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Espresso Puck Screens And Paper Filters: Do They Even Matter?

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By: Will Libby

Last Updated:

espresso puck screen and paper filters held in front of espresso machines

Espresso puck screens are becoming a popular espresso tool. The metal screens cover the puck to improve extraction, but they’re also controversial. Some aficionados say puck screens are essential, while others say it’s unnecessary.

The value of a puck screen depends on your setup and process. I found they add slightly more consistency and machine cleanliness. But, the impact was small, and the mesh screen required its own cleaning.

Meanwhile, a paper filter is more beneficial. I found it improves the clarity of your espresso shot, increases the flow rate, and is easy to use. I recommend trying both a puck screen and paper filter and seeing if it improves your setup. They’re both inexpensive, after all.

I’ll detail what an espresso puck screen and paper filter are, how they work, and why you may or may not need them.

What is an Espresso Puck Screen?

A puck screen is a small circle of metallic mesh. It’s designed to sit inside a portafilter on top of ground coffee when pulling a shot of espresso. The mesh of a puck screen should lead to a more balanced extraction.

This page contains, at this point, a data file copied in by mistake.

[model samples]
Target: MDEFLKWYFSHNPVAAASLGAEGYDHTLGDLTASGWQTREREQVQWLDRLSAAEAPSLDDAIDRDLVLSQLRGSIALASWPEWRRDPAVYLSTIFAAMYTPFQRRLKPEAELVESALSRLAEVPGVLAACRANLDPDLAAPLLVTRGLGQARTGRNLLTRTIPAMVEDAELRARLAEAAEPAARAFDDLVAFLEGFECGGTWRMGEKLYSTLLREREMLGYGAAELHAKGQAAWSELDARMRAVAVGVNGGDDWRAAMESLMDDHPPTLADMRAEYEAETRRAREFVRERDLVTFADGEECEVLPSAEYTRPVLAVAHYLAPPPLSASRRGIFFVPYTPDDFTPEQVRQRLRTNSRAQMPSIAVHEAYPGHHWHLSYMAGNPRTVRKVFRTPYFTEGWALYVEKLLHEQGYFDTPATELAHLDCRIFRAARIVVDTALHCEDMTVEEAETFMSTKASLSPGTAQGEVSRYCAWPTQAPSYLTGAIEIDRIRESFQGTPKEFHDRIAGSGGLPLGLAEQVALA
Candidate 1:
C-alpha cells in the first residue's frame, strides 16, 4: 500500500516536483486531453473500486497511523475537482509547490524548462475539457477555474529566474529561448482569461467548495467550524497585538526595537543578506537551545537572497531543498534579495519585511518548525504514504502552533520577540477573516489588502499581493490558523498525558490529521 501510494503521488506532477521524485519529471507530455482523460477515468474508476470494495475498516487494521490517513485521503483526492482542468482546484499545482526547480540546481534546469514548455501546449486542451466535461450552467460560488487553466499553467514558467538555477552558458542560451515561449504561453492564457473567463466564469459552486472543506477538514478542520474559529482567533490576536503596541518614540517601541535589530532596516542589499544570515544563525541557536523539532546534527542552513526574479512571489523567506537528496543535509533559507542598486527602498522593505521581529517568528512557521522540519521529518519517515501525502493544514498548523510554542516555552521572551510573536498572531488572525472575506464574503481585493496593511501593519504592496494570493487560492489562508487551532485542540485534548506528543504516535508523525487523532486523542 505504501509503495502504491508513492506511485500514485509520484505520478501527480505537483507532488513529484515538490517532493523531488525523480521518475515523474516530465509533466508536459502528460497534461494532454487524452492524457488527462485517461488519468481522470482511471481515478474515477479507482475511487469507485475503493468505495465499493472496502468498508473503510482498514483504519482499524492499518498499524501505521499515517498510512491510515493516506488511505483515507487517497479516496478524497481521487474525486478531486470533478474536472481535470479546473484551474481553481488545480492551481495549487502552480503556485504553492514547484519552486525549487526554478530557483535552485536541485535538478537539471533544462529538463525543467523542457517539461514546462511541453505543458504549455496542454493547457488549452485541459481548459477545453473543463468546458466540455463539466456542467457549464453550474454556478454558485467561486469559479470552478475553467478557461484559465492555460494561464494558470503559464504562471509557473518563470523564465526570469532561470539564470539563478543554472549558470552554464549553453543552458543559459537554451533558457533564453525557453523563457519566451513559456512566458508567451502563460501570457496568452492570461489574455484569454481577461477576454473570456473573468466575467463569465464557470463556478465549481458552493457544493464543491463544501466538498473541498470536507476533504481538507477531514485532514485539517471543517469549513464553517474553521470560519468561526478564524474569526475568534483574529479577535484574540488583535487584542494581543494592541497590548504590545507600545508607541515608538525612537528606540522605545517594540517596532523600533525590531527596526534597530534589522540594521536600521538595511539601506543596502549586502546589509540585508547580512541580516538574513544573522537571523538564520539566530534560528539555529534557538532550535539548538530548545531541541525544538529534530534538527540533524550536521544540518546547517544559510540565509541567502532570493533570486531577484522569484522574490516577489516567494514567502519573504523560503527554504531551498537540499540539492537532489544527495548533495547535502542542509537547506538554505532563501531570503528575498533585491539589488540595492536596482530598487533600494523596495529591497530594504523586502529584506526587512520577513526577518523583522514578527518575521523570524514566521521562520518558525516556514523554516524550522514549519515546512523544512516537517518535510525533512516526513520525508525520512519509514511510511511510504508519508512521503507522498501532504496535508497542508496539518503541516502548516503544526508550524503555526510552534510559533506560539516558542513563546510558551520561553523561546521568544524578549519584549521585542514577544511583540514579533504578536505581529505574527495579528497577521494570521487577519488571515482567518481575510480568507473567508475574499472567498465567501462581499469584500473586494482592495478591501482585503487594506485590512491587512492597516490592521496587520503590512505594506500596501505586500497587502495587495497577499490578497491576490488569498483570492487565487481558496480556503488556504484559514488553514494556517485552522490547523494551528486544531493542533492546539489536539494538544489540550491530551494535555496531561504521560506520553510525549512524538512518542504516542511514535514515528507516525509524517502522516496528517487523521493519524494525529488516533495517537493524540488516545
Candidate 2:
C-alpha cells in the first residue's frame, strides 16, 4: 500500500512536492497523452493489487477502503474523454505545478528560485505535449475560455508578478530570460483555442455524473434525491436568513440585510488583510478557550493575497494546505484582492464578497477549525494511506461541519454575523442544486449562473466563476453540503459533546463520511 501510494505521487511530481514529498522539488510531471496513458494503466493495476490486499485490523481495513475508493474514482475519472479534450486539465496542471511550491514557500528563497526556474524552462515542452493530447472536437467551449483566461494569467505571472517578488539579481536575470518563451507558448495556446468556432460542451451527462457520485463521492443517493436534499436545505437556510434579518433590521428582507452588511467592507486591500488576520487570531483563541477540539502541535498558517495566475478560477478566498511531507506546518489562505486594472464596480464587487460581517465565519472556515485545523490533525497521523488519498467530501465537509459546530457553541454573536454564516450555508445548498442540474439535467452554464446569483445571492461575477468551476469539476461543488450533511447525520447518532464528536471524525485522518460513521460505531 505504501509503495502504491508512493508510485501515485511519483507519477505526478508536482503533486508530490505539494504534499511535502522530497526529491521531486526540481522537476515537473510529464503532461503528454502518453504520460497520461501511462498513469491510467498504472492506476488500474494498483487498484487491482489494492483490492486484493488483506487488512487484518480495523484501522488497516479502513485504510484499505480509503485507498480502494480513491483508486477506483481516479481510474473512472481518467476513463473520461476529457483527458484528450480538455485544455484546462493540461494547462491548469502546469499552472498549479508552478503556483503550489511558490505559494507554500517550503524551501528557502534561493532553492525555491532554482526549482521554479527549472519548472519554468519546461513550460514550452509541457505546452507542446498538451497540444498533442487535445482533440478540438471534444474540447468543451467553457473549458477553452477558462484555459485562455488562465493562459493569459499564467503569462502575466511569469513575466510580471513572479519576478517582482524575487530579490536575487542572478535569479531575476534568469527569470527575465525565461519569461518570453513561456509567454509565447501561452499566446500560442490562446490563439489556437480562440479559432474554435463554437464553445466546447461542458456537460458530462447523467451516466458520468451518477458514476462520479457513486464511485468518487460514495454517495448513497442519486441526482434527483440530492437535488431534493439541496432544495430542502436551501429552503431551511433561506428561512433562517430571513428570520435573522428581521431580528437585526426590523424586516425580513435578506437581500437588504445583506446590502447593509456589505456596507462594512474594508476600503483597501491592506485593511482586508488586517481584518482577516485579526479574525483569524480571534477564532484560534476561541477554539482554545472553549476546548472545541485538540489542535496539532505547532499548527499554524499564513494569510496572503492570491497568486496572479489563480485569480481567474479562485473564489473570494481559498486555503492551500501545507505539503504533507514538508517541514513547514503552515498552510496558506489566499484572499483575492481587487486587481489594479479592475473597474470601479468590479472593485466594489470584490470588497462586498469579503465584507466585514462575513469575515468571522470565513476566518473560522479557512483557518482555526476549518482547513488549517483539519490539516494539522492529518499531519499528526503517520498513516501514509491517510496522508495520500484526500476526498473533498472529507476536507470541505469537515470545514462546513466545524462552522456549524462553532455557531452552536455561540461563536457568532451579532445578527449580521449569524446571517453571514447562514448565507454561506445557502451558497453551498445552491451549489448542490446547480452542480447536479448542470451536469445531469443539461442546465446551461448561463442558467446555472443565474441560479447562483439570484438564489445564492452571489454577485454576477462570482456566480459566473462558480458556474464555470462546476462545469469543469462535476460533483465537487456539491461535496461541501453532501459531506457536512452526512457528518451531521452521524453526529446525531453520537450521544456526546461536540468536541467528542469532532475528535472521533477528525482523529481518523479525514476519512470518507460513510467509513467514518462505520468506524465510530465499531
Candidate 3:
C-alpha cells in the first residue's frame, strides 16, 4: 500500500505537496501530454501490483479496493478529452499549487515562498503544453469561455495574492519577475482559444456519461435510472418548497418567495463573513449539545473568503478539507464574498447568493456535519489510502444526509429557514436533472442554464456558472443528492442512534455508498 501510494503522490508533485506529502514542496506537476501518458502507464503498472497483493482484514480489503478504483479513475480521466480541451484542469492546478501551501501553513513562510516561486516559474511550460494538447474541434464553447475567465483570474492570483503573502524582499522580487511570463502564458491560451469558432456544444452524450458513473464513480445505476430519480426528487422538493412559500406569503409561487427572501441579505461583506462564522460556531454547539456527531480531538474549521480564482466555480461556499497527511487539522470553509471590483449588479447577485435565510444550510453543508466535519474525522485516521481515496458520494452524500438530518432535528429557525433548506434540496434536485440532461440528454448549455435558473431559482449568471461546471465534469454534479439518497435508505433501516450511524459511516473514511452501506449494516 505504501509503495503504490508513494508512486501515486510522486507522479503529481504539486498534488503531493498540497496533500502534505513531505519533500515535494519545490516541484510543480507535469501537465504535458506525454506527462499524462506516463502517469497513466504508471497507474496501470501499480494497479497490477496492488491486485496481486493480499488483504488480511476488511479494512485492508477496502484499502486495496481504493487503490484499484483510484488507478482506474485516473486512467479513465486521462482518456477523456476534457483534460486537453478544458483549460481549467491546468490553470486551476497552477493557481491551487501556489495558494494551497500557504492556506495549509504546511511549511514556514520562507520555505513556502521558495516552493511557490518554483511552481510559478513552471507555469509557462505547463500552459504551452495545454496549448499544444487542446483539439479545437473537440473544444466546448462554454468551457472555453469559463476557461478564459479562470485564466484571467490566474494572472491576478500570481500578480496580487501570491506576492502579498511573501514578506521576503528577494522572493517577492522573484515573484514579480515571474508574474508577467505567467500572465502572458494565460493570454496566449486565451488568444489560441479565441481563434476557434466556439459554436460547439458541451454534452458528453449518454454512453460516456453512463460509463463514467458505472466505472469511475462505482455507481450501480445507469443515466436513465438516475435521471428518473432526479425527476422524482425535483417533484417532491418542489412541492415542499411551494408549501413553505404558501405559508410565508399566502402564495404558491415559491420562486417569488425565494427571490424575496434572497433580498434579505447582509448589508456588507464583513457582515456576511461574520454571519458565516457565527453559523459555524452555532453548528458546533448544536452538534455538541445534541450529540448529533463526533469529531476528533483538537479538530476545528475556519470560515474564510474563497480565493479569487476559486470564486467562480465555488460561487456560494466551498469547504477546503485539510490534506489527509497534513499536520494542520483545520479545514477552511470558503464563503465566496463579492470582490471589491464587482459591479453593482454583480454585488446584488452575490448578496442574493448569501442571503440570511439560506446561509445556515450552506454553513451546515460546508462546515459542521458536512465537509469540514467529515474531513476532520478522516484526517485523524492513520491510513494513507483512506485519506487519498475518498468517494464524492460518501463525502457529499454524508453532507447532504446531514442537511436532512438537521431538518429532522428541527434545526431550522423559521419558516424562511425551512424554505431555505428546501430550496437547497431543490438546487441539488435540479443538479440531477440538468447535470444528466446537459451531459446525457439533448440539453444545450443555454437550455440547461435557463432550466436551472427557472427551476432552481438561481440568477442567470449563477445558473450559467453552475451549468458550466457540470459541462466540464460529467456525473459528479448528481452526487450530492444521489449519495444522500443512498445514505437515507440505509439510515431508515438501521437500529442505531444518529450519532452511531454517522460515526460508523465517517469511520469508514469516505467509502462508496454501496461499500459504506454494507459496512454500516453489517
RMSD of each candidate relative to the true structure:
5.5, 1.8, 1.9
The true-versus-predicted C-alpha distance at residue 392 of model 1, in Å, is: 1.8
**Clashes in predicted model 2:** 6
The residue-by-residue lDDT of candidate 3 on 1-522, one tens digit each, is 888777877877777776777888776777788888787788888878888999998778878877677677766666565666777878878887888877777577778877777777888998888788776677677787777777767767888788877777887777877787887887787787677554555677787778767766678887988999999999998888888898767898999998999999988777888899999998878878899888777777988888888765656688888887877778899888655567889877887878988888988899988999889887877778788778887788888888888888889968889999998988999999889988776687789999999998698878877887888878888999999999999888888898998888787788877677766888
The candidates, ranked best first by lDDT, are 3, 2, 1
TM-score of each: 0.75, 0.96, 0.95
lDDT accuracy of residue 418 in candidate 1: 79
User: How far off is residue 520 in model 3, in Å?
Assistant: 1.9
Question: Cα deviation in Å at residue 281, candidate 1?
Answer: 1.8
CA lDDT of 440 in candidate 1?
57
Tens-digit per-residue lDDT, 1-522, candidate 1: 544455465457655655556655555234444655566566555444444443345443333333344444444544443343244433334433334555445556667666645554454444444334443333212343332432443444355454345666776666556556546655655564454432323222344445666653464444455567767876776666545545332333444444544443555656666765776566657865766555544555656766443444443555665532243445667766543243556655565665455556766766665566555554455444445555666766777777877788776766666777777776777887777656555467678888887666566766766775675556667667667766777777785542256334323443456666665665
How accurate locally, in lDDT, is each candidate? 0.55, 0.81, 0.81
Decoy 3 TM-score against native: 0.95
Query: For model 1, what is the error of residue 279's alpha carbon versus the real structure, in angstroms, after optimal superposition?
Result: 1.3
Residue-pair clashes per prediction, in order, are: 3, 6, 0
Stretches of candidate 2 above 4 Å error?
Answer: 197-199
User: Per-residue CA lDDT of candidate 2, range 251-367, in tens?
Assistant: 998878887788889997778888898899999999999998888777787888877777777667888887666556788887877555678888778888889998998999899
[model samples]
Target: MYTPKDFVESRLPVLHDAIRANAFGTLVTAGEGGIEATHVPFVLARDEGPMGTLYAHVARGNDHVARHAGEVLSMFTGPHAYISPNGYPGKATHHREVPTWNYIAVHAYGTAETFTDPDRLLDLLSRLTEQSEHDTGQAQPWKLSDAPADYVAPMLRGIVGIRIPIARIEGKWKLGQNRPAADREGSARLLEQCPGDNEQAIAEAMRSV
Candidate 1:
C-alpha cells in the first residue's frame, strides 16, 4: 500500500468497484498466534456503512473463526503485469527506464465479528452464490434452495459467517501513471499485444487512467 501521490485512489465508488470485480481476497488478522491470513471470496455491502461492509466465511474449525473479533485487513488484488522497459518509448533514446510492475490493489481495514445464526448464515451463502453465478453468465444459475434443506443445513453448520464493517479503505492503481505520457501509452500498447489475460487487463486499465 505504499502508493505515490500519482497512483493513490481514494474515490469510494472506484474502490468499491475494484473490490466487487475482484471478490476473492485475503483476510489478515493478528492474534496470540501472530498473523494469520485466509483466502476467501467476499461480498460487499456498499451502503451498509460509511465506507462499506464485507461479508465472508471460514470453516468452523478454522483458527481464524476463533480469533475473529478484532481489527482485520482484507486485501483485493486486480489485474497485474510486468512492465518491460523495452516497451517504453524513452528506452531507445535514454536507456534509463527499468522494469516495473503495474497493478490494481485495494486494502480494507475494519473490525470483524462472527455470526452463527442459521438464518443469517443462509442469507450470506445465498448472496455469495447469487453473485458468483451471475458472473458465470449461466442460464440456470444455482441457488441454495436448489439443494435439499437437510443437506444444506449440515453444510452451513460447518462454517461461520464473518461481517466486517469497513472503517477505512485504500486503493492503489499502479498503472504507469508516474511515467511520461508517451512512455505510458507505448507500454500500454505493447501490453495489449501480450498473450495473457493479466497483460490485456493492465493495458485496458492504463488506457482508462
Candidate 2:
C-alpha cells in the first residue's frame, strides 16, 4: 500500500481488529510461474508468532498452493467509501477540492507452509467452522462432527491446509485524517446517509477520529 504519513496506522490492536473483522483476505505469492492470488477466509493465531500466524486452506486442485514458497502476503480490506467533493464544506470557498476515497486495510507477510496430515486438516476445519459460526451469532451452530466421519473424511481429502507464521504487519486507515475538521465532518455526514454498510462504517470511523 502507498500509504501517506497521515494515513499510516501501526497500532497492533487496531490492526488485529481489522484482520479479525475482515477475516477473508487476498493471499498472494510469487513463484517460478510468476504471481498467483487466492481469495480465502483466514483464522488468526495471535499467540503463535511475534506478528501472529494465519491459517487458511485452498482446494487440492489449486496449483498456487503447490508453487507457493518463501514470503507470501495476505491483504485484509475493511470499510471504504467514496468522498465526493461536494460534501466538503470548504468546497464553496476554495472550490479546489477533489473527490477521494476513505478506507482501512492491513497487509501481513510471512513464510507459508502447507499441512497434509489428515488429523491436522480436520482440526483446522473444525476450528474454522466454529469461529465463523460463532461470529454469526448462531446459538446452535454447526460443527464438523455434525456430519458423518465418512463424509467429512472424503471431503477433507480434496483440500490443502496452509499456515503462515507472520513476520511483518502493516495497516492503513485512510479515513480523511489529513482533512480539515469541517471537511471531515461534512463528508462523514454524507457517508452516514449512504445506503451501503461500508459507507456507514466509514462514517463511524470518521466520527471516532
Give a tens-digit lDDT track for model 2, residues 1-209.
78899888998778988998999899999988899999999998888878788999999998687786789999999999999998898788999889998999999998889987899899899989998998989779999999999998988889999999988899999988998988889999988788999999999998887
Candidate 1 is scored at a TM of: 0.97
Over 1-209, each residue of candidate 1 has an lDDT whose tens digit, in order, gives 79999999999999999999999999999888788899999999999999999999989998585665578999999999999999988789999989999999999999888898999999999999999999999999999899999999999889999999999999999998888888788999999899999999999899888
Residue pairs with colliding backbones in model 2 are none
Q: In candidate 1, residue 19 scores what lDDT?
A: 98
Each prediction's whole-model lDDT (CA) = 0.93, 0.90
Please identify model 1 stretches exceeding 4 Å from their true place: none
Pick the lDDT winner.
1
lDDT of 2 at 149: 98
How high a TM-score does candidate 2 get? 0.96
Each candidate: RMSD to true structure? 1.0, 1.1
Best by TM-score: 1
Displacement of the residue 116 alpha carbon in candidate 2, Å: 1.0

espresso puck screen in a portafilter

Let’s look at some of the ways it accomplishes this. 

Water Distribution

The main purpose of a puck screen is to improve water distribution across the coffee bed. The shower screen on an espresso machine technically does this, but it’s not perfect. Sometimes, water trickles through the screen in different volumes on different parts of the coffee puck.

water chaotically spraying out of the portafilter
Shower screens have more uneven water distribution than a puck screen

The mesh on the puck screen is tighter than on the shower screen. Water sits on top of the puck screen and spreads evenly across the whole surface before being forced through. This puts the whole puck in contact with water at the same time.

Prevent Channeling

A puck screen prevents an espresso puck from expanding. When water flows through espresso grounds, the puck grows as carbon dioxide is released from the coffee. This expansion creates air pockets in the puck, especially if it isn’t tamped evenly.

The air pockets create tunnels or channels that pressurized water runs through. Water will always take the path of least resistance, so it will move toward these tunnels and away from more compact parts of the puck.